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Modelling solid/fluid interactions in hydrodynamic flows: a hybrid multiscale approach

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Title: Modelling solid/fluid interactions in hydrodynamic flows: a hybrid multiscale approach
Authors: Ramos Fernandez, Eduardo
Item Type: Thesis or dissertation
Abstract: With the advent of high performance computing (HPC), we can simulate nature at time and length scales that we could only dream of a few decades ago. Through the development of theory and numerical methods in the last fifty years, we have at our disposal a plethora of mathematical and computational tools to make powerful predictions about the world which surrounds us. From quantum methods like Density Functional Theory (DFT); going through atomistic methods such as Molecular Dynamics (MD) and Monte Carlo (MC), right up to more traditional macroscopic techniques based on Partial Differential Equations (PDEs) discretization like the Finite Element Method (FEM) or Finite Volume Method (FVM), which are respectively, the foundation of computational Structural Analysis and Computational Fluid Dynamics (CFD). Many modern scientific computing challenges in physics stem from combining appropriately two or more of these methods, in order to tackle problems that could not be solved otherwise using just one of them alone. This is known as multi-scale modeling, which aims to achieve a trade-off between computational cost and accuracy by combining two or more physical models at different scales. In this work, a multi-scale domain decomposition technique based on coupling MD and CFD methods, has been developed to make affordable the study of slip and friction, with atomistic detail, at length scales otherwise impossible by fully atomistic methods alone. A software framework has been developed to facilitate the execution of this particular kind of simulations on HPC clusters. This have been possible by employing the in-house developed CPL_LIBRARY software library, which provides key functionality to implement coupling through domain decomposition.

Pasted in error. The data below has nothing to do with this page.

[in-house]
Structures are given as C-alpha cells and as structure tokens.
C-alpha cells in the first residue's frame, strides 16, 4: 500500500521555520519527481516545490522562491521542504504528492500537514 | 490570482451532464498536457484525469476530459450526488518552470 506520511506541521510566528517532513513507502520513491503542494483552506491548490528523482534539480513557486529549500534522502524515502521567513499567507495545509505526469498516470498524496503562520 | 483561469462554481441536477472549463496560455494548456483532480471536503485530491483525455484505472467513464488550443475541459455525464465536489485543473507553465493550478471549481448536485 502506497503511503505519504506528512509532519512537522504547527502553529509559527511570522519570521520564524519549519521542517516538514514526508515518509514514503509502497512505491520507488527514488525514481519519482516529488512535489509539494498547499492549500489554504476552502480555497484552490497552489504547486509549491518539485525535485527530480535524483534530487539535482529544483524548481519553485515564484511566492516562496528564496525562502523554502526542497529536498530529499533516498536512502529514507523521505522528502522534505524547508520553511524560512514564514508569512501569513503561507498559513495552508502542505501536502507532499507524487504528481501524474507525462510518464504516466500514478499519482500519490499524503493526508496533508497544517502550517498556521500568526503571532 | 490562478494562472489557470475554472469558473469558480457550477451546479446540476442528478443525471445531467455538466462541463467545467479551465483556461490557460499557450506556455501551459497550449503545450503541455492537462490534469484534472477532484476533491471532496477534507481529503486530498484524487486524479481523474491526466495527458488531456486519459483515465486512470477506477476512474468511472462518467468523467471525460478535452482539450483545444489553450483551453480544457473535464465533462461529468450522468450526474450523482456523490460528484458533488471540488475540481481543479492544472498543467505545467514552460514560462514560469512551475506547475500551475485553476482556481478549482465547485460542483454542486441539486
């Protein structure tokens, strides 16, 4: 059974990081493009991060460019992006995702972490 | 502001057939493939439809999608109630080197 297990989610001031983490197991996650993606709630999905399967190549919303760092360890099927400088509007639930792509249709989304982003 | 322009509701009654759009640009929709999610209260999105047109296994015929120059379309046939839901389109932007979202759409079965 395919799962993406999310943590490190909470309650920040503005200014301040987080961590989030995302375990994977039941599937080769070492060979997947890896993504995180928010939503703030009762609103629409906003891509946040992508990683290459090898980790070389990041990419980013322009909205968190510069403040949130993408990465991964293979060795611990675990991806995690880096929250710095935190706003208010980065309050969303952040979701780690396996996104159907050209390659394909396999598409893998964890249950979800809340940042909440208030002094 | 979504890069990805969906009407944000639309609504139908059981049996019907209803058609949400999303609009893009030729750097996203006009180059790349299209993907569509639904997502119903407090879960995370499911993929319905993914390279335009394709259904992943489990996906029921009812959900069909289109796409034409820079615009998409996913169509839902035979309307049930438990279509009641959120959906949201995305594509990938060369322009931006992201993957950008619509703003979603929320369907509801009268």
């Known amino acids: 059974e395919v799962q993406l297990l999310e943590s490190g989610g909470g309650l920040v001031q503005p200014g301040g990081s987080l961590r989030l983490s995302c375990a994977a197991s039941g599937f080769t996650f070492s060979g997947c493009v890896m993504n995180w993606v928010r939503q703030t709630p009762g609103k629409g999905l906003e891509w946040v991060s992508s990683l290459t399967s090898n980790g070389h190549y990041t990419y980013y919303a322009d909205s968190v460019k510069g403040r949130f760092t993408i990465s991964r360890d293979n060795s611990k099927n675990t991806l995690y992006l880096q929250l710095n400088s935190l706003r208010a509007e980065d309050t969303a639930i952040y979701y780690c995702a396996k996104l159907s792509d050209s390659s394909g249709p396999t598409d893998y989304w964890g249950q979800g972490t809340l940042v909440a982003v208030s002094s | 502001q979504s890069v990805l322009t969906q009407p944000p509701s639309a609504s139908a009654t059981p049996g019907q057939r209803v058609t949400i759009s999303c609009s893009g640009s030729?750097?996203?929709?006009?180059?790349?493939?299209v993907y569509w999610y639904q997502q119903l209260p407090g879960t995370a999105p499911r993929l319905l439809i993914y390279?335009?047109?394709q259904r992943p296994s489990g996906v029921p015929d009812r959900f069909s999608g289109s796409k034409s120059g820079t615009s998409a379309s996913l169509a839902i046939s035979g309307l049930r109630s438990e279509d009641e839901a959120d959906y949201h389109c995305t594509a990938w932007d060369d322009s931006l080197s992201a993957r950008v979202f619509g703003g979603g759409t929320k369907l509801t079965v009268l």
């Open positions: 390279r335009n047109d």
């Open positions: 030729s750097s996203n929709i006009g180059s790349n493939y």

Content Version: Open Access
Issue Date: Nov-2020
Date Awarded: Sep-2021
URI: http://hdl.handle.net/10044/1/99788
DOI: https://doi.org/10.25560/99788
Copyright Statement: Creative Commons Attribution NonCommercial NoDerivatives Licence
Supervisor: Dini, Daniele
Heyes, David
Sponsor/Funder: BP-ICAM
Engineering and Physical Sciences Research Council (EPSRC)
Department: Materials
Publisher: Imperial College London
Qualification Level: Doctoral
Qualification Name: Doctor of Philosophy (PhD)
Appears in Collections:Materials PhD theses

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